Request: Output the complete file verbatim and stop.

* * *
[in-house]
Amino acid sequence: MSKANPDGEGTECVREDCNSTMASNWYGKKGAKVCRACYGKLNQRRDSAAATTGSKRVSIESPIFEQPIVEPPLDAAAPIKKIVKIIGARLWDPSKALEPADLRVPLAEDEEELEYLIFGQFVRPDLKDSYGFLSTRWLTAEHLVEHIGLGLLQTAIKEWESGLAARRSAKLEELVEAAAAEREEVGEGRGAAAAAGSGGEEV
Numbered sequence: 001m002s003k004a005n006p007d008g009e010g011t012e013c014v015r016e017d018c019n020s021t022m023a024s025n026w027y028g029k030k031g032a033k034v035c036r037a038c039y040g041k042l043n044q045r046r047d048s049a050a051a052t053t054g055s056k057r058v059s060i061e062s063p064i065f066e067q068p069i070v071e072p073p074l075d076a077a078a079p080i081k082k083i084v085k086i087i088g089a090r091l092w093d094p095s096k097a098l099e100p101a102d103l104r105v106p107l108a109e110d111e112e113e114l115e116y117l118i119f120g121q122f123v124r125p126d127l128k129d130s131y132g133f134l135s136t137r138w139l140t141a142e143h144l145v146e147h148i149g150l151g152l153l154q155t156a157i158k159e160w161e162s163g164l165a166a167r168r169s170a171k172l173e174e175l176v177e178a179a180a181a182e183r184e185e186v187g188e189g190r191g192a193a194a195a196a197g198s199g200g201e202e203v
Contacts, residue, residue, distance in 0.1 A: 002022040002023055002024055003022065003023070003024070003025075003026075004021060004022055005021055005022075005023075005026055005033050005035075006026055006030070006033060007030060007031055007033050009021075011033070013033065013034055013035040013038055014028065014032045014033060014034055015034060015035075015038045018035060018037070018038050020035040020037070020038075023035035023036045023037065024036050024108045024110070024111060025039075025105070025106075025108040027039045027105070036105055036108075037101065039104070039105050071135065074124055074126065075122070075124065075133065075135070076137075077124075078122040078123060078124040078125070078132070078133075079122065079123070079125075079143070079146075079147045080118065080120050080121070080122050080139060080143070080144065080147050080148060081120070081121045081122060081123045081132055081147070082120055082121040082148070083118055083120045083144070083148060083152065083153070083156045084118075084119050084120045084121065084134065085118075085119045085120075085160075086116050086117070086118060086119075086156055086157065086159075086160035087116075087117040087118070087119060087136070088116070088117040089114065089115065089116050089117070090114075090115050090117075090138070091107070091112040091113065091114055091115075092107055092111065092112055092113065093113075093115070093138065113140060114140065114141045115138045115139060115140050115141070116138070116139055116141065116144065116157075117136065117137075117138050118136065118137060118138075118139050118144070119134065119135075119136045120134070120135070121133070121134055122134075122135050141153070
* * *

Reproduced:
[in-house]
Amino acid sequence: MSKANPDGEGTECVREDCNSTMASNWYGKKGAKVCRACYGKLNQRRDSAAATTGSKRVSIESPIFEQPIVEPPLDAAAPIKKIVKIIGARLWDPSKALEPADLRVPLAEDEEELEYLIFGQFVRPDLKDSYGFLSTRWLTAEHLVEHIGLGLLQTAIKEWESGLAARRSAKLEELVEAAAAEREEVGEGRGAAAAAGSGGEEV
Numbered sequence: 001m002s003k004a005n006p007d008g009e010g011t012e013c014v015r016e017d018c019n020s021t022m023a024s025n026w027y028g029k030k031g032a033k034v035c036r037a038c039y040g041k042l043n044q045r046r047d048s049a050a051a052t053t054g055s056k057r058v059s060i061e062s063p064i065f066e067q068p069i070v071e072p073p074l075d076a077a078a079p080i081k082k083i084v085k086i087i088g089a090r091l092w093d094p095s096k097a098l099e100p101a102d103l104r105v106p107l108a109e110d111e112e113e114l115e116y117l118i119f120g121q122f123v124r125p126d127l128k129d130s131y132g133f134l135s136t137r138w139l140t141a142e143h144l145v146e147h148i149g150l151g152l153l154q155t156a157i158k159e160w161e162s163g164l165a166a167r168r169s170a171k172l173e174e175l176v177e178a179a180a181a182e183r184e185e186v187g188e189g190r191g192a193a194a195a196a197g198s199g200g201e202e203v
Contacts, residue, residue, distance in 0.1 A: 002022040002023055002024055003022065003023070003024070003025075003026075004021060004022055005021055005022075005023075005026055005033050005035075006026055006030070006033060007030060007031055007033050009021075011033070013033065013034055013035040013038055014028065014032045014033060014034055015034060015035075015038045018035060018037070018038050020035040020037070020038075023035035023036045023037065024036050024108045024110070024111060025039075025105070025106075025108040027039045027105070036105055036108075037101065039104070039105050071135065074124055074126065075122070075124065075133065075135070076137075077124075078122040078123060078124040078125070078132070078133075079122065079123070079125075079143070079146075079147045080118065080120050080121070080122050080139060080143070080144065080147050080148060081120070081121045081122060081123045081132055081147070082120055082121040082148070083118055083120045083144070083148060083152065083153070083156045084118075084119050084120045084121065084134065085118075085119045085120075085160075086116050086117070086118060086119075086156055086157065086159075086160035087116075087117040087118070087119060087136070088116070088117040089114065089115065089116050089117070090114075090115050090117075090138070091107070091112040091113065091114055091115075092107055092111065092112055092113065093113075093115070093138065113140060114140065114141045115138045115139060115140050115141070116138070116139055116141065116144065116157075117136065117137075117138050118136065118137060118138075118139050118144070119134065119135075119136045120134070120135070121133070121134055122134075122135050141153070